A binary image is an image made from pixels using only values of 1 and 0 (binary) and may be stored using JBIG2 compression.
A small binary image is often manually designed for Bitmapped fonts or small icons. But a large image is usually the result of a digital photo or scanned picture. This kind of image is sometimes referred to as bi-tonal. Often the image is text which may later be read by a person or converted to characters using image recognition software (OCR). Using a single bit representing black and white is the smallest possible size for an uncompressed digital image and it can be compressed to be smaller still. For this reason FAX machines use this format. While black and white is the norm for these images there is no actual requirement, the two values could be any two colors. Generally one color is termed the background, a zero, while the second color is the foreground image, a one.
The easiest compression scheme is to use RLE which is very good for long areas where the value doesn't change such as a simple line drawing with large areas of background. However there are later schemes with much better compression.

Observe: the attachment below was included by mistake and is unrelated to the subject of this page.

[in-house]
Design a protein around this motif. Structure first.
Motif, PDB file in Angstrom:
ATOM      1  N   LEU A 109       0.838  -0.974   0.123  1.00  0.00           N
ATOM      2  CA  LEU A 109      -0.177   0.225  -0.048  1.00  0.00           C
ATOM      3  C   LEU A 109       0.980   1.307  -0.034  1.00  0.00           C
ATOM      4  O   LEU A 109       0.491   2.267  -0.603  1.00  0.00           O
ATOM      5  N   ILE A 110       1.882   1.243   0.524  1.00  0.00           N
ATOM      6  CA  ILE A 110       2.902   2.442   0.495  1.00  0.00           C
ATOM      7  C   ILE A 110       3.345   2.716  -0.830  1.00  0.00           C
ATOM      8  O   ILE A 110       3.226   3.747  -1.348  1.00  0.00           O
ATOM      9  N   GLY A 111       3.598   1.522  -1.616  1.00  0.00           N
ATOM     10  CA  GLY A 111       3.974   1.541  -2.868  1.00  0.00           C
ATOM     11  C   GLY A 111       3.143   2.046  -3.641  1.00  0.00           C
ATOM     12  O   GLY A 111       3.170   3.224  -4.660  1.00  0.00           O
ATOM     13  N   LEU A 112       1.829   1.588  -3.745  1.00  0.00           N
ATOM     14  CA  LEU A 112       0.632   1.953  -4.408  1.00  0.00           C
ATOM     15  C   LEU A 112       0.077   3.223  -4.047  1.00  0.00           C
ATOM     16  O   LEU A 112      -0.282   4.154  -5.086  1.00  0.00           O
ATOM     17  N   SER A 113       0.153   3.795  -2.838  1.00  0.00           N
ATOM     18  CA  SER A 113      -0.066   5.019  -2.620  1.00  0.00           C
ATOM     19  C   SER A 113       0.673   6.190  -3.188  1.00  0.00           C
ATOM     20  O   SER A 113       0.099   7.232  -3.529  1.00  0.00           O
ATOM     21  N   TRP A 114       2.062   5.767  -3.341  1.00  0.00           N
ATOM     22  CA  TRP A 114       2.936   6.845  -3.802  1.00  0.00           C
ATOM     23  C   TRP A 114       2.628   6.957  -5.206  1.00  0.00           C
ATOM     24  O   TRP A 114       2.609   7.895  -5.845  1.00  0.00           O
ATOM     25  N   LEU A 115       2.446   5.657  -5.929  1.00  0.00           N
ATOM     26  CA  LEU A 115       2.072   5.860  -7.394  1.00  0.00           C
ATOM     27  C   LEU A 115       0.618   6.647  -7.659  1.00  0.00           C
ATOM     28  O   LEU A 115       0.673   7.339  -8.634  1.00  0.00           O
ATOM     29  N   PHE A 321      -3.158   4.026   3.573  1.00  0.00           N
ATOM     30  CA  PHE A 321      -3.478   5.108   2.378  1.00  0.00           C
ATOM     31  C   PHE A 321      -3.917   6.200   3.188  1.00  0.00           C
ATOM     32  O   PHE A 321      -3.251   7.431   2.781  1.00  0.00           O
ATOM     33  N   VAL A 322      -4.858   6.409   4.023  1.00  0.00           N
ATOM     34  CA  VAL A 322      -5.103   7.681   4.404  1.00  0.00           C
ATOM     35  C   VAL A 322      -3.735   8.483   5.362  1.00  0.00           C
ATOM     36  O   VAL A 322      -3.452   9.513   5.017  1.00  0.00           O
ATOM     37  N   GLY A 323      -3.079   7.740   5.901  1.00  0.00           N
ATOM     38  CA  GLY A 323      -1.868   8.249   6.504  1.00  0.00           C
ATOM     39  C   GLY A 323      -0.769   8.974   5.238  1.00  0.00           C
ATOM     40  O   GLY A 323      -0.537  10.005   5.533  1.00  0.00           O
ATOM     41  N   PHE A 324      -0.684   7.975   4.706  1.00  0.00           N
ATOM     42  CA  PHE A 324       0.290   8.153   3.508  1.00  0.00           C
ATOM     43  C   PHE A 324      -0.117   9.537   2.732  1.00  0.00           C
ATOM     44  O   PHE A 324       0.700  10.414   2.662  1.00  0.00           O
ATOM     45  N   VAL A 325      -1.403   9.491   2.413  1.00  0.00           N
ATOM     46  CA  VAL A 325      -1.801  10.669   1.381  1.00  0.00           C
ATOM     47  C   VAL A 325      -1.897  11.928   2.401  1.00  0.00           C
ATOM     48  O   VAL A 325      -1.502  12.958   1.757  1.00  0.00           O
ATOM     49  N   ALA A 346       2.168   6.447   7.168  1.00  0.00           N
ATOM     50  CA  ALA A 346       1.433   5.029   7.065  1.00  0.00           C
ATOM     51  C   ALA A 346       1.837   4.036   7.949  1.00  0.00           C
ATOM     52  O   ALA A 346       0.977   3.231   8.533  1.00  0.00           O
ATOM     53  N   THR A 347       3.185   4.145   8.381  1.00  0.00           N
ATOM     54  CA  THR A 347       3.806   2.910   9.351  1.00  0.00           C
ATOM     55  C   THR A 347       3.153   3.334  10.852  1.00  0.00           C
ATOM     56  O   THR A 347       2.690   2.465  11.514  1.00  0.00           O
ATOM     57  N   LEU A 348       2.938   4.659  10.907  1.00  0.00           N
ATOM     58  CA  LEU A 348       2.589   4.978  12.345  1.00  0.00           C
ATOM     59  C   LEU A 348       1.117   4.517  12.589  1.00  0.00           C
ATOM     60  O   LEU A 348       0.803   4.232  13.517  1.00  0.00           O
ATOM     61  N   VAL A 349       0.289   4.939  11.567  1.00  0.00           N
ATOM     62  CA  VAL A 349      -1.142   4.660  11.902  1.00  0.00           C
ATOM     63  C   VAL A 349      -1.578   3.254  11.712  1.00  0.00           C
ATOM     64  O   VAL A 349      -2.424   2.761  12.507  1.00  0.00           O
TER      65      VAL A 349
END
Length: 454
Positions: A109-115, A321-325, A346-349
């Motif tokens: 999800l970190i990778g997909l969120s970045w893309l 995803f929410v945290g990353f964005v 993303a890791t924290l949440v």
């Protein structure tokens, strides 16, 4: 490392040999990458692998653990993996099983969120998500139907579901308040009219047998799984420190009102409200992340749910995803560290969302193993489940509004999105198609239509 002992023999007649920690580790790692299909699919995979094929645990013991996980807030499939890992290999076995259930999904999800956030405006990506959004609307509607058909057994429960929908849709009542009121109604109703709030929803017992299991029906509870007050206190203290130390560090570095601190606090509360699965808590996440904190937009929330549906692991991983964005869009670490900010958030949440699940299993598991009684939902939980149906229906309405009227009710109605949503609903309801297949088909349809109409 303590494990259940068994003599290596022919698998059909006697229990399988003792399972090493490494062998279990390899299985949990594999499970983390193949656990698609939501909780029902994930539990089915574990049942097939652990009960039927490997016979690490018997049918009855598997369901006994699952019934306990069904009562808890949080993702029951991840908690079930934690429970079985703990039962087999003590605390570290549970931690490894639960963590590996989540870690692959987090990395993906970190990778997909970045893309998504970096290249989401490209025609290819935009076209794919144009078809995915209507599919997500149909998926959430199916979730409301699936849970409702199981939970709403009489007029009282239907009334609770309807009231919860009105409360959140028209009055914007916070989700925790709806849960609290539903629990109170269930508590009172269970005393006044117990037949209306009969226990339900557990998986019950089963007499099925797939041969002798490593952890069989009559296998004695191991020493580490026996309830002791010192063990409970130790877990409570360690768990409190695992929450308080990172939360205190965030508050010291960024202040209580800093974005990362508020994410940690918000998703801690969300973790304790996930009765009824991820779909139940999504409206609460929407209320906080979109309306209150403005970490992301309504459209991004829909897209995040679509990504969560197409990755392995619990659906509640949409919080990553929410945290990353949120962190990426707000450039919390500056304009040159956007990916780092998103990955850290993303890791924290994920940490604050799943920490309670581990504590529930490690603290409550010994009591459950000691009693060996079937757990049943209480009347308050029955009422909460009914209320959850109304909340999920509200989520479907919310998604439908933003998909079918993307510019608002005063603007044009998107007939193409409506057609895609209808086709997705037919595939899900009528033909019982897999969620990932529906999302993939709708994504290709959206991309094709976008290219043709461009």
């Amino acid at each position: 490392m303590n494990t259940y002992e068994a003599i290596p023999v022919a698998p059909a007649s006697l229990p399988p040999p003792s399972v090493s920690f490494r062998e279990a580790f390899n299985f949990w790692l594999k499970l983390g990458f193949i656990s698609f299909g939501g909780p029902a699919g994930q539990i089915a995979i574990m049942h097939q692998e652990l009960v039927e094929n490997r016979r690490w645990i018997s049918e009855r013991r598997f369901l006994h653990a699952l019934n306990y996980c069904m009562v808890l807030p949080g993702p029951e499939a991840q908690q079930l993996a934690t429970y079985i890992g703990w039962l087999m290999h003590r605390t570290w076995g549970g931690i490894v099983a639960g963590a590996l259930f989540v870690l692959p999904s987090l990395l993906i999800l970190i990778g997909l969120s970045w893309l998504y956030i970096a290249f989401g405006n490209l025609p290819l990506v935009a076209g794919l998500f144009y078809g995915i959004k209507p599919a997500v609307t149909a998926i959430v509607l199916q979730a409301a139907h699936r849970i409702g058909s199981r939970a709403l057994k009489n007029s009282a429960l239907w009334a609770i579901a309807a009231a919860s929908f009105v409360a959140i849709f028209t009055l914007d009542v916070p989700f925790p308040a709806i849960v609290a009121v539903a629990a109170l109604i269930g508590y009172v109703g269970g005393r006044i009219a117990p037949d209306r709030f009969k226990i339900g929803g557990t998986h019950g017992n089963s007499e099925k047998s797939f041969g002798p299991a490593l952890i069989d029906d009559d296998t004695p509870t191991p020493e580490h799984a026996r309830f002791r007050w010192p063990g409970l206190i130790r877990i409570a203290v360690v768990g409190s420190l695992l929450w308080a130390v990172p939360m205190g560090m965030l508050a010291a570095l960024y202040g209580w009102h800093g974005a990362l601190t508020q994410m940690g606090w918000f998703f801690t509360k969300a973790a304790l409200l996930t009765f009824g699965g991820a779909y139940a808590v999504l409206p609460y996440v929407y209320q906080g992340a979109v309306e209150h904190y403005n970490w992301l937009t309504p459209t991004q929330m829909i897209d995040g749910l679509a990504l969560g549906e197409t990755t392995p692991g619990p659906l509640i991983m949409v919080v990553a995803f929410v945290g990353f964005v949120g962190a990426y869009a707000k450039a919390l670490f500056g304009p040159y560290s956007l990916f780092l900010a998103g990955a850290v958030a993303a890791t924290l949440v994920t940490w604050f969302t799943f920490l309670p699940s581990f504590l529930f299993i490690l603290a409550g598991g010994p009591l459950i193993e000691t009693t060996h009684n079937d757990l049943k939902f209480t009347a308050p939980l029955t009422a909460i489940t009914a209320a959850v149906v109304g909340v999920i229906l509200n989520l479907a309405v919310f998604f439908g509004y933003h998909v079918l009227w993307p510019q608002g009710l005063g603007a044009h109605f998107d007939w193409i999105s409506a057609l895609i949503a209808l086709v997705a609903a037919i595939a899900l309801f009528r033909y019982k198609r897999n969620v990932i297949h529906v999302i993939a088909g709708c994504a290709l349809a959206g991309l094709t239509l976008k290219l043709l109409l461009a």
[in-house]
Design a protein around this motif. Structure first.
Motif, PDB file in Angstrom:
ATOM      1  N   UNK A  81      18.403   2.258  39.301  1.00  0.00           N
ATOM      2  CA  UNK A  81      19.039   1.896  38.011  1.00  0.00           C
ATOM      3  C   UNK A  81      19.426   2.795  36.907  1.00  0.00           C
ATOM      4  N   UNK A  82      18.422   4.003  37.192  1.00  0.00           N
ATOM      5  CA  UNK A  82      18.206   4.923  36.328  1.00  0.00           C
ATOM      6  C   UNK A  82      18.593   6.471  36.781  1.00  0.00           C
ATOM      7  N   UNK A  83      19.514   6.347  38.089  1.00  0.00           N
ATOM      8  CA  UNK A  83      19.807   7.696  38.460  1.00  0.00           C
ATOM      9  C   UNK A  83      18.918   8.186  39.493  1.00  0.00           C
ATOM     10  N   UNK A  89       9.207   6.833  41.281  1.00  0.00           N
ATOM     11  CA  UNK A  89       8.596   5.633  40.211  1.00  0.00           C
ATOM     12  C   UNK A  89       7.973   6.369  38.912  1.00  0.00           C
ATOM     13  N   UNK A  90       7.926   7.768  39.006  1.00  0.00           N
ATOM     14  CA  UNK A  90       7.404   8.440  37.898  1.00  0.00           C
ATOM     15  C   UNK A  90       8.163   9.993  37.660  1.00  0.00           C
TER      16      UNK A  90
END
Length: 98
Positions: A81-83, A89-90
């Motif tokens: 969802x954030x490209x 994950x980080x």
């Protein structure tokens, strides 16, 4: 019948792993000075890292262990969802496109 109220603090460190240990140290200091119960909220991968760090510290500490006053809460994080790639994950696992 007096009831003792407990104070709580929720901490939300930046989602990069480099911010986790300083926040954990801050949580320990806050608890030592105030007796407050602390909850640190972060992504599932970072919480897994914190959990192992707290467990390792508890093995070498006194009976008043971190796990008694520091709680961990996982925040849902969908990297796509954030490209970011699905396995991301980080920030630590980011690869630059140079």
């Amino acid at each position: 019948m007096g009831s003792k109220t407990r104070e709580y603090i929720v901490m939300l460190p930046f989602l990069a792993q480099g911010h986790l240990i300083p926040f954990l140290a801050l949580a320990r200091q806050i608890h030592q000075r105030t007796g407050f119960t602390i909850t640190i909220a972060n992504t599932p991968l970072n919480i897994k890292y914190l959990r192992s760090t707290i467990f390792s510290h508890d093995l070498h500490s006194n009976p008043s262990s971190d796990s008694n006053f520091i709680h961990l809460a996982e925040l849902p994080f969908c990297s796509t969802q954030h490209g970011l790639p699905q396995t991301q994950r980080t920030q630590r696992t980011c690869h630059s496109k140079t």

JBIG stands for Joint Bi-level Image Experts Group and is an early lossless compression standard. It is often called JBIG1 now that there is a newer standard. It was developed for image transmission such as FAX machines. It will generally offer up to 50% better compression than the FAX 4 standard. It uses an arithmetic algorithm to compress future items based on what it has already seen. The encoder is called the MQ coder. Patent concerns limit its usefulness.
JBIG2 is 2 to 4 times better at compression that JBIG. It offers both lossless and lossy compression. It takes a look at the image and divides it into sections based on the particular data present in the image. Areas that are neither halftone or text are compressed the same as JBIG using the MQ coder. (See CMYK for a discussion on halftone.)
Text is compressed by using letter recognition and then capturing the area of the letter, saving it and then reuse a pointer to the data every time the character appears. This technique is very much the same as used in DJVU. Halftone is compressed similarly by capturing repeated areas.
PDF files versions 1.4 and above may contain JBIG2-compressed data. There are open-source decoders for JBIG2 including Java based which is available in xpdf. There is even an open-source encoder available.
E Ink technology can take advantage of the increased speed of a screen display using a single bit per pixel. This is call A2 mode or 1-bit mode and can be fast enough to provide motion images.